A lot or a little?
The parents' guide to what's in this movie.
What parents need to know
Parents need to know that while this might seem like a run-of-the-mill romantic comedy, it's more about Gray's serious realization that she's gay. Bridget Moynahan, who plays the object of Gray's affection, spends most of the film clad in a lace bra and thong panties. The two women share a long, passionate, tequila-fueled kiss, but only Gray remembers it. Despite the film's lighthearted feel, there are plenty of adult themes -- pretending to be straight, coming to terms with homosexuality, making impulsive decisions to marry, etc. The movie is best for older teens who have some perspective on these subjects.
What's the story?
Ad exec Gray (Heather Graham) lives in Manhattan life with her heart-surgeon brother Sam (Tom Cavanagh) – siblings so close that strangers sometimes assume they're a couple. When they decide to look for people for each other to date, Gray finds Sam a gorgeous zoologist named Charlie (Bridget Moynahan); exactly one date later, Sam and Charlie get engaged. The hitch is that -- as Sam, Charlie, and Gray head to Las Vegas for the elopement -- Gray finds herself more and more attracted to Charlie. After the ladies end up clinched in a deep girl-on-girl kiss (not that the intoxicated Charlie can remember it), Gray has a life-changing panic attack. When she returns home, Gray retreats but must ultimately deal with her confusion.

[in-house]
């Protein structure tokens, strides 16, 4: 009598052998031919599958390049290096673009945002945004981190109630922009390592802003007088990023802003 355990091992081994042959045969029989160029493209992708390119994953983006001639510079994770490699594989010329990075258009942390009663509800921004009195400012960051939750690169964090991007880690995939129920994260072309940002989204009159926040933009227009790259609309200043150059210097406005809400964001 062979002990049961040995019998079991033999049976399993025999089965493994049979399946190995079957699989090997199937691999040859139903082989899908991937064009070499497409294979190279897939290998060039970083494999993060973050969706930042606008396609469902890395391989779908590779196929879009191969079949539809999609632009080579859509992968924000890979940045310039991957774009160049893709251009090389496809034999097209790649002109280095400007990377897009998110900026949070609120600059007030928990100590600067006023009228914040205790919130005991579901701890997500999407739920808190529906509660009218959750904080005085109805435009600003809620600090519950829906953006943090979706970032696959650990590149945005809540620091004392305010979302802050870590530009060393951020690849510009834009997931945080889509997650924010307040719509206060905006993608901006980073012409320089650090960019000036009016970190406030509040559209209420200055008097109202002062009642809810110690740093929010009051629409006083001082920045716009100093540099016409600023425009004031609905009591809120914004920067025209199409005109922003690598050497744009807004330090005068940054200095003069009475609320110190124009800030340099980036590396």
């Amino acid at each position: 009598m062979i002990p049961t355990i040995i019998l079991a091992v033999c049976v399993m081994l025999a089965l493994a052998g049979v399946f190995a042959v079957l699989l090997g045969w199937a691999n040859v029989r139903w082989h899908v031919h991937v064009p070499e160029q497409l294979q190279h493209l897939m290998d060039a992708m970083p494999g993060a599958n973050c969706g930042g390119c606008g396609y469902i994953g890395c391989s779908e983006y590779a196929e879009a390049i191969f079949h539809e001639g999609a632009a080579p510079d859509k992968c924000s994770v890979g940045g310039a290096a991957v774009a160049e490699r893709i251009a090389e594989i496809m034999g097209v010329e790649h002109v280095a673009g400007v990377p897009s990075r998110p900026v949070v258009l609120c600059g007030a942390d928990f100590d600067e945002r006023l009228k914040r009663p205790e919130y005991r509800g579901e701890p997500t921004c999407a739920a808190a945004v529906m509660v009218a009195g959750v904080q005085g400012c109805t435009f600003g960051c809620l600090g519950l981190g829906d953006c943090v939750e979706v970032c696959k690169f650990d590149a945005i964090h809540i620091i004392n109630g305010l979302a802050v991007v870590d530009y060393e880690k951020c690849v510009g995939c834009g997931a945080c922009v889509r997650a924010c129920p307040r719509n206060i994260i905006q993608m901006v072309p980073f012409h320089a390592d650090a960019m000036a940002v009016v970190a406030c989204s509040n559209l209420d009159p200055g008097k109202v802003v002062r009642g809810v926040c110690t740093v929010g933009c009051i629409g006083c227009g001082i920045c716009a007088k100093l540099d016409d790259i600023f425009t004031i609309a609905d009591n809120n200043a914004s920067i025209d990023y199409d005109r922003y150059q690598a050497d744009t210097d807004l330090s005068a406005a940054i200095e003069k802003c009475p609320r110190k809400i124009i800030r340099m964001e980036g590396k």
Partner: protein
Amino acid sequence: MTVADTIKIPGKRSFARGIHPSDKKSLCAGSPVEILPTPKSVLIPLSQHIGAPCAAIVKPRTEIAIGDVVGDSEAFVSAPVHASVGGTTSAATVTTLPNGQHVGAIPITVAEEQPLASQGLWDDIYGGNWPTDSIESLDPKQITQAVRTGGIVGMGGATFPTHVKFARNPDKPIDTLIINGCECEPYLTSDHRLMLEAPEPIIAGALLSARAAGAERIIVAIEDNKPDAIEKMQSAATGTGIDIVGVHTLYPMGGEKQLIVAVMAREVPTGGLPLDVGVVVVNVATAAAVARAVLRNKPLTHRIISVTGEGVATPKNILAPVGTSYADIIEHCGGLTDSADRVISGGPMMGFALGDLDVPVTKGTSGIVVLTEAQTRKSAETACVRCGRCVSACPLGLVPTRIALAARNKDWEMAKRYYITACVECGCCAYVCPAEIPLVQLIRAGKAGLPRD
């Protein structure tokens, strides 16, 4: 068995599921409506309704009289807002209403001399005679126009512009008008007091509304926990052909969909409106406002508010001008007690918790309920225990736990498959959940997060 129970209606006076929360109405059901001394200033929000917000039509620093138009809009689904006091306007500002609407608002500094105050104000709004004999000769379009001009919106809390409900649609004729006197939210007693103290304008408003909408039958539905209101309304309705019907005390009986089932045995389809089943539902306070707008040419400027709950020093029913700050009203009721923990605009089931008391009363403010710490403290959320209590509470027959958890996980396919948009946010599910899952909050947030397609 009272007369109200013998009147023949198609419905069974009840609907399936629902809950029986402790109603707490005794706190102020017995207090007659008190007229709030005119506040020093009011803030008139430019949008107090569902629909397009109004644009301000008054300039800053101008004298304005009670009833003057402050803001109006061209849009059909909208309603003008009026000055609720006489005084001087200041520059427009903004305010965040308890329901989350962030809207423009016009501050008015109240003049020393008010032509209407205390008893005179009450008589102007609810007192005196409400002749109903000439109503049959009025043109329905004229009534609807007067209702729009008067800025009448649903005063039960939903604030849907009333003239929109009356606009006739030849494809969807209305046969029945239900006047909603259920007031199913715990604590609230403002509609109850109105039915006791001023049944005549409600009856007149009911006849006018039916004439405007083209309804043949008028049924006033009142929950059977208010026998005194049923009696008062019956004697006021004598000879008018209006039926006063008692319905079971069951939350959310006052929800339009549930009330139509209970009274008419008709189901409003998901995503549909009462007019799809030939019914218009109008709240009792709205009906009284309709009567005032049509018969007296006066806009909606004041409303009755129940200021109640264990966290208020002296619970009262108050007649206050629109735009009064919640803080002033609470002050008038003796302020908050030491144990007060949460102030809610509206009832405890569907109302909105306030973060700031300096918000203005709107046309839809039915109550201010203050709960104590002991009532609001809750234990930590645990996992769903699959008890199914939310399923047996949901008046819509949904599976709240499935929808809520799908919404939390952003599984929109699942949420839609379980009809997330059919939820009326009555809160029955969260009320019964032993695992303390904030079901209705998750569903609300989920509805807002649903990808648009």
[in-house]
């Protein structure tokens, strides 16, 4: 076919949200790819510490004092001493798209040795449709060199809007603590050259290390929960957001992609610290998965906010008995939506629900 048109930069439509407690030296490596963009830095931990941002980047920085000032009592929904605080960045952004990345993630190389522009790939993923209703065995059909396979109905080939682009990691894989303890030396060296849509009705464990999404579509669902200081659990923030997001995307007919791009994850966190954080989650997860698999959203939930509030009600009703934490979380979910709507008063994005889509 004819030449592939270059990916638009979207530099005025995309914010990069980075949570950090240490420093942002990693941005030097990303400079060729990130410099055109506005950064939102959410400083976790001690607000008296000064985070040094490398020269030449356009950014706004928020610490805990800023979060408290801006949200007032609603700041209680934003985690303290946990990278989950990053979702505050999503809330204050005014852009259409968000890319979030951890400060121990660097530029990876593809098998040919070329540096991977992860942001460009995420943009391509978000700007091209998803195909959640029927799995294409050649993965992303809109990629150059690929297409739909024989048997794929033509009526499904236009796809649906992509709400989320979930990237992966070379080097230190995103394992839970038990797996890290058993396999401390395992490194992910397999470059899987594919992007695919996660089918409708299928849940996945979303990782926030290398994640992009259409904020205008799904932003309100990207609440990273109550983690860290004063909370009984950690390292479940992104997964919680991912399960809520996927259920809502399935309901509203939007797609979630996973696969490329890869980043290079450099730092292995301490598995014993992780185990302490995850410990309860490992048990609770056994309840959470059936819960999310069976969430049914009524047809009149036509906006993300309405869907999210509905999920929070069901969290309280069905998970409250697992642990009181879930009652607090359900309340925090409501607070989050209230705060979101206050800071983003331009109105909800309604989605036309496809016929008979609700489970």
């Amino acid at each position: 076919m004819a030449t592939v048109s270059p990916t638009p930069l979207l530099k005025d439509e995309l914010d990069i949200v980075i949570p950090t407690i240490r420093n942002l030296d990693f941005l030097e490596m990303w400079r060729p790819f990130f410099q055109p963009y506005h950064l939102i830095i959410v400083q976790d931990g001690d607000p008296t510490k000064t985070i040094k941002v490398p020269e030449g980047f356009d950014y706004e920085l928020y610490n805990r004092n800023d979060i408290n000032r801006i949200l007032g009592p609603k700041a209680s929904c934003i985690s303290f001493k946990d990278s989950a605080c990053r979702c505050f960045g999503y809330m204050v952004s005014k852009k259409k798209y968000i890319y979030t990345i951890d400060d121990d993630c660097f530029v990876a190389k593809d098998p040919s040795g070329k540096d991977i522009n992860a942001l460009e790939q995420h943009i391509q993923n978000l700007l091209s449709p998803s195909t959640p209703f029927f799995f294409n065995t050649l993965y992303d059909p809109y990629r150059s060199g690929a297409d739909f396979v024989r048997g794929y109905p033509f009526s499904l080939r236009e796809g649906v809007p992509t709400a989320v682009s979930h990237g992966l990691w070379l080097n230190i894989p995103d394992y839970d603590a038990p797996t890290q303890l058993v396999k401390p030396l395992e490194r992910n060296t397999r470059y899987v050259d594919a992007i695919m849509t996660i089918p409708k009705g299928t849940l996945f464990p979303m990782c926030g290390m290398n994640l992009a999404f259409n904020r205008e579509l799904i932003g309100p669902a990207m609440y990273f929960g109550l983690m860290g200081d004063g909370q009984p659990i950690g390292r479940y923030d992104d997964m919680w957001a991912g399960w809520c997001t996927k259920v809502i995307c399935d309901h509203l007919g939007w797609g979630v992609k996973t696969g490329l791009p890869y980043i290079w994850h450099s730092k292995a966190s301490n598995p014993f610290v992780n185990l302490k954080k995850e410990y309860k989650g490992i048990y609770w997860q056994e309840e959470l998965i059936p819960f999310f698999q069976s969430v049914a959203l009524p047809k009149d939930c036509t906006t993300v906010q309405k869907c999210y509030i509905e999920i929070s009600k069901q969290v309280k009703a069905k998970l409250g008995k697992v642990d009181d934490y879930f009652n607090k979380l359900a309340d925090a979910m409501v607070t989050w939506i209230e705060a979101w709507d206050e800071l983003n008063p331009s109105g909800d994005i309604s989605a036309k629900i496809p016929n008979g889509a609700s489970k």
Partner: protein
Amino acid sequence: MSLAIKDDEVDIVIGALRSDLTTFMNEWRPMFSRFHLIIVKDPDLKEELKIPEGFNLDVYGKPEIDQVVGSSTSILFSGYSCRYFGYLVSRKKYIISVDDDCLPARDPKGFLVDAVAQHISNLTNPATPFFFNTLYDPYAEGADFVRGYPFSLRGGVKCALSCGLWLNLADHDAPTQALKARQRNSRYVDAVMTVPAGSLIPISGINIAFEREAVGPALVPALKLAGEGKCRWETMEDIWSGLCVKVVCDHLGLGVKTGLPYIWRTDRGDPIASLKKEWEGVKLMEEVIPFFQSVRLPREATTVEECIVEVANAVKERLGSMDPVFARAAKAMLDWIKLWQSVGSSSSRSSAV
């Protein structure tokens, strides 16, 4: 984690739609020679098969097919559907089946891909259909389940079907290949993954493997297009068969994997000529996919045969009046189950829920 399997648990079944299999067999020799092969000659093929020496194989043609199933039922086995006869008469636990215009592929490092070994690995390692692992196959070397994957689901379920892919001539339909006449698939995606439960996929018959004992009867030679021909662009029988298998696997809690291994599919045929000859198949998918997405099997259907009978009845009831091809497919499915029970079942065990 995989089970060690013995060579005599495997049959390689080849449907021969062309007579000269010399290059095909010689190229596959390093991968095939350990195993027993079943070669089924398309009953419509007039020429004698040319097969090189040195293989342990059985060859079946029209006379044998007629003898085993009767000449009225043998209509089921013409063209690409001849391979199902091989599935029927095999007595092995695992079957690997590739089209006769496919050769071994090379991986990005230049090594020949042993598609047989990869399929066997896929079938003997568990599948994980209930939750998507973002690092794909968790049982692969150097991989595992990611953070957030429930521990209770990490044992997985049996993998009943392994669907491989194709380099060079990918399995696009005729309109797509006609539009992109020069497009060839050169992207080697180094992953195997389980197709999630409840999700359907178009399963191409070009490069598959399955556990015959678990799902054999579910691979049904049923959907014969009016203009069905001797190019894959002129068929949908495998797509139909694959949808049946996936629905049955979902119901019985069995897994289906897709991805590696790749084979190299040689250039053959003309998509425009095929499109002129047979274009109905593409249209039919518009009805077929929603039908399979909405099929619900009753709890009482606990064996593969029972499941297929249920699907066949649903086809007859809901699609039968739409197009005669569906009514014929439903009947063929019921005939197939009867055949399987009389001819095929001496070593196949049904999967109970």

Is it any good?
This film is a sometimes-amusing but mostly confused mess. Graham and Cavanagh have built their acting careers on their irresistible charm, but even these two paragons of cute can't save screenwriter Sue Kramer's predictable directorial debut.
As Gray retreats into her overanalyzing personality, she seems like a character from a very sub-par Woody Allen script. Eventually she accepts herself as a lesbian, but only after a hysterical confrontation with Sam about how she'll never be able to hold hands with her lover or have a wedding or children – meanwhile, she lives in one of the most gay-friendly cities in the world. Bottom line? Even in the limited genre of coming-out comedies, Gray Matters matters not.
Talk to your kids about ...
Families can talk about how Gray decided to come out. Ask your kids how they feel about her fears that she'll never get married, have kids, or be able to publicly display affection because she's gay. Parents and kids can also discuss Gray and Sam's sibling relationship. Why did someone assume they were a couple? What were the pros and cons of their constant togetherness? If your kids have siblings, ask them how they think their relationships will change as they get older.
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